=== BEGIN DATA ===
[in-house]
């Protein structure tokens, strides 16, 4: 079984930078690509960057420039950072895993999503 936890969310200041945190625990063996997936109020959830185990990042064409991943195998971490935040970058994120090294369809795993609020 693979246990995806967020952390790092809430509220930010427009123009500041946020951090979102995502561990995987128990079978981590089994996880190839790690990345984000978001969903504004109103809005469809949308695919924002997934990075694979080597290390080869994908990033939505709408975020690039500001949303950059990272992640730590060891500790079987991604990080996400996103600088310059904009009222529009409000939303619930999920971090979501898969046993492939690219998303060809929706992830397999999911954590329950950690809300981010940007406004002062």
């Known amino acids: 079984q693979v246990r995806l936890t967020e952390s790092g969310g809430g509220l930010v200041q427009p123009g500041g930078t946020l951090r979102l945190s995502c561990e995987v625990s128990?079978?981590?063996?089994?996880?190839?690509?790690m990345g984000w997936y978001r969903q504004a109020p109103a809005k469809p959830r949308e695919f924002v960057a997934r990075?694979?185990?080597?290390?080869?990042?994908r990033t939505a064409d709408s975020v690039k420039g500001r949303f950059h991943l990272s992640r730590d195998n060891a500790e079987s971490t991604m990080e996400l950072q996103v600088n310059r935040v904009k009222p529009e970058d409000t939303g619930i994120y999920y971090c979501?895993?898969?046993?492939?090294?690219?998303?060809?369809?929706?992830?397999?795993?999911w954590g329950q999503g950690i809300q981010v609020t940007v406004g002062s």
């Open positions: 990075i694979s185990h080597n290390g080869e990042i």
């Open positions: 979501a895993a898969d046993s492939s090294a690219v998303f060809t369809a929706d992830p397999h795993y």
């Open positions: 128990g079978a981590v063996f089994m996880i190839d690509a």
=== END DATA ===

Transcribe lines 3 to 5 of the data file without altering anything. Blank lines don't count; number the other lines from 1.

């Known amino acids: 079984q693979v246990r995806l936890t967020e952390s790092g969310g809430g509220l930010v200041q427009p123009g500041g930078t946020l951090r979102l945190s995502c561990e995987v625990s128990?079978?981590?063996?089994?996880?190839?690509?790690m990345g984000w997936y978001r969903q504004a109020p109103a809005k469809p959830r949308e695919f924002v960057a997934r990075?694979?185990?080597?290390?080869?990042?994908r990033t939505a064409d709408s975020v690039k420039g500001r949303f950059h991943l990272s992640r730590d195998n060891a500790e079987s971490t991604m990080e996400l950072q996103v600088n310059r935040v904009k009222p529009e970058d409000t939303g619930i994120y999920y971090c979501?895993?898969?046993?492939?090294?690219?998303?060809?369809?929706?992830?397999?795993?999911w954590g329950q999503g950690i809300q981010v609020t940007v406004g002062s």
């Open positions: 990075i694979s185990h080597n290390g080869e990042i």
């Open positions: 979501a895993a898969d046993s492939s090294a690219v998303f060809t369809a929706d992830p397999h795993y």